The present invention relates to ovens that are suitable for cooking food products, such as for baking dough products, and methods of cooking such food products where such ovens utilize heat convection at least in part in the cooking process, such as by forced heated gas that is directed to impinge upon the food product. In particular, the present invention is directed to such an oven apparatus and methods of cooking where steam is introduced within the convective heat transfer mechanism for imparting a desired cooking characteristic, such as in the case of a dough product a desired surface texture or sheen.

BACKGROUND OF THE INVENTION

Conventional dough products are cooked or baked in many different ways depending on the desired organoleptic characteristics that are desired for a particular dough product. Dough products, as used throughout this Application, means any food product that utilizes any formulation of a dough at least in part in making up the food product. Characteristics of the dough which may be attained based at least in part on the cooking technique include texture and sheen attributes of the dough surface or crust. Baking techniques, such as temperature, time and the heat transfer mechanism that is used, can also be at least partially responsible for characteristics of the dough product beneath its surface or crust, such as related to the cooked dough product density and texture. As examples, the cooked dough product may be dense and chewy or light and airy. These characteristics, of course, are also dependent on other dough features, such as the dough formulation.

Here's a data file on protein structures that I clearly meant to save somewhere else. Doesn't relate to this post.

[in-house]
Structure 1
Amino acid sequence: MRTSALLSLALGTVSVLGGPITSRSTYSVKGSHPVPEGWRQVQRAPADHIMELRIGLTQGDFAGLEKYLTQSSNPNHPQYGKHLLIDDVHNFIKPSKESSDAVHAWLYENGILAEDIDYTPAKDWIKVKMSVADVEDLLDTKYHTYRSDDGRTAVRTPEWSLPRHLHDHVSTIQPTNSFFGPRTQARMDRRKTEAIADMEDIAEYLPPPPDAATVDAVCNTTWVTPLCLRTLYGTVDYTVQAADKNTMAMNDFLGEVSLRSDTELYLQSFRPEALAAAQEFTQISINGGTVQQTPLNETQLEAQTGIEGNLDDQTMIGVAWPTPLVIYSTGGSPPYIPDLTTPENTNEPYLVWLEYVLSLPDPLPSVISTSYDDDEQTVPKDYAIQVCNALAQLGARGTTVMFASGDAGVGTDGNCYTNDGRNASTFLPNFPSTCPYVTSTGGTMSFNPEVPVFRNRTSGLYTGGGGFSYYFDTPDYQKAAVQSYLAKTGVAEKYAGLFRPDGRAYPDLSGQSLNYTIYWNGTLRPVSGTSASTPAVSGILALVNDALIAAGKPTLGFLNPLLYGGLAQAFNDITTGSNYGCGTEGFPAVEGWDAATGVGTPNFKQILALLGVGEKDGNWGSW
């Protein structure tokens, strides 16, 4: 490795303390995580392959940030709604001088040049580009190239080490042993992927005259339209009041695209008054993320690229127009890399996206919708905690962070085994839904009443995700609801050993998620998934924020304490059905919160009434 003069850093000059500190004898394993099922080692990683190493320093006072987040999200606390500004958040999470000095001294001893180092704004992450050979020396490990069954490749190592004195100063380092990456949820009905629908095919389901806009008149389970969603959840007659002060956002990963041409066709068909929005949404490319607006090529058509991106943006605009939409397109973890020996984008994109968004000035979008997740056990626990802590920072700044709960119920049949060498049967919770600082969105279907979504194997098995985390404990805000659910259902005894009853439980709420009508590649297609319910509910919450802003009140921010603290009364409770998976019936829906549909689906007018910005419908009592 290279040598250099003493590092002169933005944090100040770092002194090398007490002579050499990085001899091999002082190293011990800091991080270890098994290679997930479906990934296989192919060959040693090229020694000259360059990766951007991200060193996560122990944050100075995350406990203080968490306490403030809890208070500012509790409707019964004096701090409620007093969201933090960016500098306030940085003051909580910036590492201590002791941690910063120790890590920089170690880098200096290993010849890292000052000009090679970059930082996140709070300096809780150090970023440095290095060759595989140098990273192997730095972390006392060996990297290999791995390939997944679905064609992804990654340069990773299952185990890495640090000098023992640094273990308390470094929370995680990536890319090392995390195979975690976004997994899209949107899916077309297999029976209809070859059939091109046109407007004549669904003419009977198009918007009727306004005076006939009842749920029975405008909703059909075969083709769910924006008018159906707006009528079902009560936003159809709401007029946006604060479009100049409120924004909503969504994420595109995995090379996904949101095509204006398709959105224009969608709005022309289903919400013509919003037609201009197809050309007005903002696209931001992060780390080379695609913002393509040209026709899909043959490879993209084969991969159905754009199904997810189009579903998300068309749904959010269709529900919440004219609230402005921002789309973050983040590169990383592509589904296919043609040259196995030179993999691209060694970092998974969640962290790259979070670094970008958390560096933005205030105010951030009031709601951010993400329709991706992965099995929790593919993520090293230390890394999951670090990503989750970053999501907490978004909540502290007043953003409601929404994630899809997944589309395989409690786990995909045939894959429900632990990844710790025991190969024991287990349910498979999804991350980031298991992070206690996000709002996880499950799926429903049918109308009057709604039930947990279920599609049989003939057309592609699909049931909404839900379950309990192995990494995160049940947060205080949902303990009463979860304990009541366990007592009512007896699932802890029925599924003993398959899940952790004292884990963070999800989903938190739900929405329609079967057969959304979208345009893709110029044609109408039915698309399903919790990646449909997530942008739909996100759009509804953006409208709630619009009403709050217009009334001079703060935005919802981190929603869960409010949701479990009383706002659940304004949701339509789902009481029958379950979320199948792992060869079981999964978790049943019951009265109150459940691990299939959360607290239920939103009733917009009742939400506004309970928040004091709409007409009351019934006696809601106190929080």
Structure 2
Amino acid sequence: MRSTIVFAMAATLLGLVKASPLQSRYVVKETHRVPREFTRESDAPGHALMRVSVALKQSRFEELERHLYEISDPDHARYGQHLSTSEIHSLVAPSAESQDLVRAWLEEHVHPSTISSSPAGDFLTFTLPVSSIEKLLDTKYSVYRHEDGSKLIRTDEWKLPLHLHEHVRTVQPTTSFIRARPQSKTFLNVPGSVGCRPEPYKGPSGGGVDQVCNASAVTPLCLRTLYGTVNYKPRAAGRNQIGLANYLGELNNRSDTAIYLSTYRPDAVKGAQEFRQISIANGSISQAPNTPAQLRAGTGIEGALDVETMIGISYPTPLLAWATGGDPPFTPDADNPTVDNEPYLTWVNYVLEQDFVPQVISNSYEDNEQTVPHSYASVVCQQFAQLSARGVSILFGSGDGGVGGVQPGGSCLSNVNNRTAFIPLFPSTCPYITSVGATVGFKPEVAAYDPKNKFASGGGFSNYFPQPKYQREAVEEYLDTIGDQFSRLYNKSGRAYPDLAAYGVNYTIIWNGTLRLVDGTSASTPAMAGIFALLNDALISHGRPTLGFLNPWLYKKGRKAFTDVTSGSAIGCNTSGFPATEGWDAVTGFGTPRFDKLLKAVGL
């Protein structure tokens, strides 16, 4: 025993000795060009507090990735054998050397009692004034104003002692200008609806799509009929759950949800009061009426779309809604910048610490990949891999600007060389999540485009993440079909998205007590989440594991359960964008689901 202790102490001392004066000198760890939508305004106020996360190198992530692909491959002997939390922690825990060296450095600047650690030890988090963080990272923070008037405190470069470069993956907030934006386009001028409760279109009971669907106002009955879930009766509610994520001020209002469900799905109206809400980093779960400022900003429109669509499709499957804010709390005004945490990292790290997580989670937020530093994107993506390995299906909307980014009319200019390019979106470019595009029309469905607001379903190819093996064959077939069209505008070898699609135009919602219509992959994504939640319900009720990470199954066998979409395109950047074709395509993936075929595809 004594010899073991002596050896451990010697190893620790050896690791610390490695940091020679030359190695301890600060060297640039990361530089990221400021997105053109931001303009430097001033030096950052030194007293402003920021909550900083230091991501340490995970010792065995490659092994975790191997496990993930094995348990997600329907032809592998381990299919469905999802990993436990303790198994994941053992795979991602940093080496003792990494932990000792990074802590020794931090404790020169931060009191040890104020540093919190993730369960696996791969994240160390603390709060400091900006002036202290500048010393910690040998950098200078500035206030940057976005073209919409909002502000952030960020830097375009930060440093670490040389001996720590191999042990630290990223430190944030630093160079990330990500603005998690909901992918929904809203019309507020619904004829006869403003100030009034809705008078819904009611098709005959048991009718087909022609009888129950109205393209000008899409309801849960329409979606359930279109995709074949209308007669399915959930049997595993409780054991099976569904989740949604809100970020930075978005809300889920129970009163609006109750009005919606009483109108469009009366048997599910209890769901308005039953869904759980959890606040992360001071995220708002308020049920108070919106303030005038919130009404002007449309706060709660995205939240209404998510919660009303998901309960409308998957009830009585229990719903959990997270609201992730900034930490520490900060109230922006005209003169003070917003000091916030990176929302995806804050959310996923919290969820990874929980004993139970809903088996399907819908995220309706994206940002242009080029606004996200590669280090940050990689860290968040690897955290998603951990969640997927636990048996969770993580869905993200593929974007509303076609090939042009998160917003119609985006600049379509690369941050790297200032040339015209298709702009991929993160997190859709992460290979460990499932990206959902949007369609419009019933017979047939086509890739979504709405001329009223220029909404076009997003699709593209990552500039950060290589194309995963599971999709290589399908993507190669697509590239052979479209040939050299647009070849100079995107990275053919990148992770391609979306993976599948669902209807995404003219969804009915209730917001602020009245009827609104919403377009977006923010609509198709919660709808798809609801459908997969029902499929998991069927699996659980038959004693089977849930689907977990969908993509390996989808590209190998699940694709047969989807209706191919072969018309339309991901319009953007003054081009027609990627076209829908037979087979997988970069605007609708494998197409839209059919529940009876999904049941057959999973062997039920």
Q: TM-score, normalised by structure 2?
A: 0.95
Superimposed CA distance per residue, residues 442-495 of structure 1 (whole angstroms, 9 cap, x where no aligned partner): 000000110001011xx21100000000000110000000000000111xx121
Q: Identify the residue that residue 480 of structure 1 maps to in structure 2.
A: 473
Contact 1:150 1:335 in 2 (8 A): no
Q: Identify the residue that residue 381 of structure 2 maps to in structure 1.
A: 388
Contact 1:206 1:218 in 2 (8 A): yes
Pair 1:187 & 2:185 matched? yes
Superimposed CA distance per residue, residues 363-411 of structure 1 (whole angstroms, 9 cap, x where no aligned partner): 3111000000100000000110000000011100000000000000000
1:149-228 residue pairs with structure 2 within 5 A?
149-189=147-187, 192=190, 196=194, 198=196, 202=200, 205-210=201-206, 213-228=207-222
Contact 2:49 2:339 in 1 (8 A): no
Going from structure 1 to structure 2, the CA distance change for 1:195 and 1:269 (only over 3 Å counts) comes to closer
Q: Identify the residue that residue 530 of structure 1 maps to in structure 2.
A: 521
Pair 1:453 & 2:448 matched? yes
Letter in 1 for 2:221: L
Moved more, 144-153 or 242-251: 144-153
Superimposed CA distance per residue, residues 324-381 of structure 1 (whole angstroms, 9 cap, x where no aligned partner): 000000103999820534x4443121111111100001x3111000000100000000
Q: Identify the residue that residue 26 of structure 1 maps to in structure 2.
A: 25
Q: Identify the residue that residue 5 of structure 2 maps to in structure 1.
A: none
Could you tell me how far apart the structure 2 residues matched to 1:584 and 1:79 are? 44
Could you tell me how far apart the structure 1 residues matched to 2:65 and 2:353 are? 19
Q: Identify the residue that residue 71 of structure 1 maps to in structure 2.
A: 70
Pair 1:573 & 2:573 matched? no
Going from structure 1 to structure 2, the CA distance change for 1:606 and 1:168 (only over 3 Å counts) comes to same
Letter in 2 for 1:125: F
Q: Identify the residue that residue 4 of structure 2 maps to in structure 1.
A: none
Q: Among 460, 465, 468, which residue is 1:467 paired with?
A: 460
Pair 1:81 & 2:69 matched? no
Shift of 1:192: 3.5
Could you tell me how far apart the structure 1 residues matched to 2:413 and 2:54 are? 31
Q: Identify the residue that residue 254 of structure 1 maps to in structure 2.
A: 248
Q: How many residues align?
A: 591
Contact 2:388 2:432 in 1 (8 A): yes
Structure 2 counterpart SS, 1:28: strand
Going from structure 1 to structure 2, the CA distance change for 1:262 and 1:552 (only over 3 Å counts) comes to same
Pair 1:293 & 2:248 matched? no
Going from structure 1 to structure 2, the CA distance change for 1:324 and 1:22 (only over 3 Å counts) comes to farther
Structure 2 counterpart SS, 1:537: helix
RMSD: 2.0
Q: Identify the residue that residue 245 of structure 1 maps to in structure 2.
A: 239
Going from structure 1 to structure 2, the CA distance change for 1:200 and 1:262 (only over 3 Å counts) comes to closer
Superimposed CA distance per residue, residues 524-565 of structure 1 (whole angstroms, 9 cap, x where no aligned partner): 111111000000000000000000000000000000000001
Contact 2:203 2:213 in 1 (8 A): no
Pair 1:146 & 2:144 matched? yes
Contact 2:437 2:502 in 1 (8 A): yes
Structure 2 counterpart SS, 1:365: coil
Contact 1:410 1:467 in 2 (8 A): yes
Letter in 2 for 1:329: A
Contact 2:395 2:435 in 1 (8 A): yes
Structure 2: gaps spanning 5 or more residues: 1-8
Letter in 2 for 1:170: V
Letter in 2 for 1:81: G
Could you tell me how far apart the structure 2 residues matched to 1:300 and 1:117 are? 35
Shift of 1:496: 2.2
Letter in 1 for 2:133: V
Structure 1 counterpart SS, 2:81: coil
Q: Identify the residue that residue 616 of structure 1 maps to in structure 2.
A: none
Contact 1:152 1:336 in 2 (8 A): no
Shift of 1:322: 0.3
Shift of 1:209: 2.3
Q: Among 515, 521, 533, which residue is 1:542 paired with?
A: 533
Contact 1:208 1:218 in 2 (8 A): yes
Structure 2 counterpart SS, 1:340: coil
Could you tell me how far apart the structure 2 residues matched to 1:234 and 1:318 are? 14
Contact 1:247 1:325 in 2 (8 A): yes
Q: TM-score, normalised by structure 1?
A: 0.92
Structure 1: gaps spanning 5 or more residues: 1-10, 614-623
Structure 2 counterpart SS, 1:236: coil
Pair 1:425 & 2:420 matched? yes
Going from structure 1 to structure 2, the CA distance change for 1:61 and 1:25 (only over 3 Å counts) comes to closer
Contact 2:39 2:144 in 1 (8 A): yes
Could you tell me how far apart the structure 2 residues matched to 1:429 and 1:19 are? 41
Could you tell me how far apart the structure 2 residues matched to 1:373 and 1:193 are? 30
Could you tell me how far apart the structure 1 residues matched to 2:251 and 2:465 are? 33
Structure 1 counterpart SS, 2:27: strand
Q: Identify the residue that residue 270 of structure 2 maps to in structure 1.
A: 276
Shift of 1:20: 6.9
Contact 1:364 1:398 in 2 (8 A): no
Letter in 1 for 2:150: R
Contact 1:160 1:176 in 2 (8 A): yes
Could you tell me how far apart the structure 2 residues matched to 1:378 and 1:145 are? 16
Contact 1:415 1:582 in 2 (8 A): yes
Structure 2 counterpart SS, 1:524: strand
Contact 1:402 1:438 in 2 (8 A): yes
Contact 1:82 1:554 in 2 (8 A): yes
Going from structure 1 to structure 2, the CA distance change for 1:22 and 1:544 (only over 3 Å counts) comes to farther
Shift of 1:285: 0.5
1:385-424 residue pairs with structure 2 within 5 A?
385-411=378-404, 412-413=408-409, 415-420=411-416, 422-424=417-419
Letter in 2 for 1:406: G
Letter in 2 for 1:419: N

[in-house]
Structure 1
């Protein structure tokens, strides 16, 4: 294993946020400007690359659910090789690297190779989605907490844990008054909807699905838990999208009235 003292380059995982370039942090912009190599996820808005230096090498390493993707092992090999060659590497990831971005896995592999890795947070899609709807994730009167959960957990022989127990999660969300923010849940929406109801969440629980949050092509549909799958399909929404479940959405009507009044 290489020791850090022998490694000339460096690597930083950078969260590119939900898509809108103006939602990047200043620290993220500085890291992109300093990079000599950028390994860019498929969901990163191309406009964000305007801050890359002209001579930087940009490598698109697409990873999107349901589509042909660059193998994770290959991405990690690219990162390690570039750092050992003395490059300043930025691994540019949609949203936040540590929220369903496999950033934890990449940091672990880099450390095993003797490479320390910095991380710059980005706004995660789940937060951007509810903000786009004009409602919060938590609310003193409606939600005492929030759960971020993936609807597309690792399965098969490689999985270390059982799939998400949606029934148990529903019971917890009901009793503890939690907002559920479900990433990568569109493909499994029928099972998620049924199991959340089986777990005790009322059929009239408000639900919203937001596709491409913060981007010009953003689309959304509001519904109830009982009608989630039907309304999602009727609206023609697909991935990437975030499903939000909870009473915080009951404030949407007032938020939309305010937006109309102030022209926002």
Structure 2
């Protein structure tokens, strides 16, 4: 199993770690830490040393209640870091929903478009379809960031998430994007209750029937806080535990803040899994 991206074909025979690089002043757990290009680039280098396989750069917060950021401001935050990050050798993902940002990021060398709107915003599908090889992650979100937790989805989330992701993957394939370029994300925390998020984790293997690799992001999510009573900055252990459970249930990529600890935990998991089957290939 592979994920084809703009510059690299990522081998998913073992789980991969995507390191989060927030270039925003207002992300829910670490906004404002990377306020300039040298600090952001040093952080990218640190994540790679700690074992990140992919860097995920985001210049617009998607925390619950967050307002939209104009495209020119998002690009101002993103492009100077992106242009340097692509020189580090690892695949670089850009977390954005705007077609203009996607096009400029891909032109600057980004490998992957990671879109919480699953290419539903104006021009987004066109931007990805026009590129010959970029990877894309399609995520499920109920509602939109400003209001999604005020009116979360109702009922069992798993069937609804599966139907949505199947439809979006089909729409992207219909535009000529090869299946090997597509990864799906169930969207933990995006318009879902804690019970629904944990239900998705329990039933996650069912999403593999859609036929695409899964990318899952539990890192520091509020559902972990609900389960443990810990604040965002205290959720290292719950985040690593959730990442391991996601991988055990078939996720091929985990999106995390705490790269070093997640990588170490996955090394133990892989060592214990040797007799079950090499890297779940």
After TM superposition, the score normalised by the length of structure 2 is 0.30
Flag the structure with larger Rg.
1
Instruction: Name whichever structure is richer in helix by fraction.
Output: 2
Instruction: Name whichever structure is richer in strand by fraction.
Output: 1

The present invention was developed in particular for the baking of dough products that have a dense, chewy texture, and an exterior surface sheen. Examples of such dough products include bagels, soft pretzels, French bread, rye bread, sticky buns and the like. Such products may optionally comprise a filled dough product or be mixed or otherwise combined with other ingredients. The dough that is typically used to make such dough products generally includes flour, water and a leavening agent, preferably an active yeast culture. The dough may also include other optional ingredients, for example, sweeteners, flavorings, and fat products. The dough products can be filled with a variety of fillings, and such fillings are preferably substantially retained within the dough crust after processing.

Bagel products are characterized as having a dense, chewy texture and having an exterior sheen. As used throughout this application, a bagel product is meant to include all types of bagels and other products that incorporate or use similar dough and which similar texture and sheen characteristics are desired. Moreover, bagel products may include filled bagel products.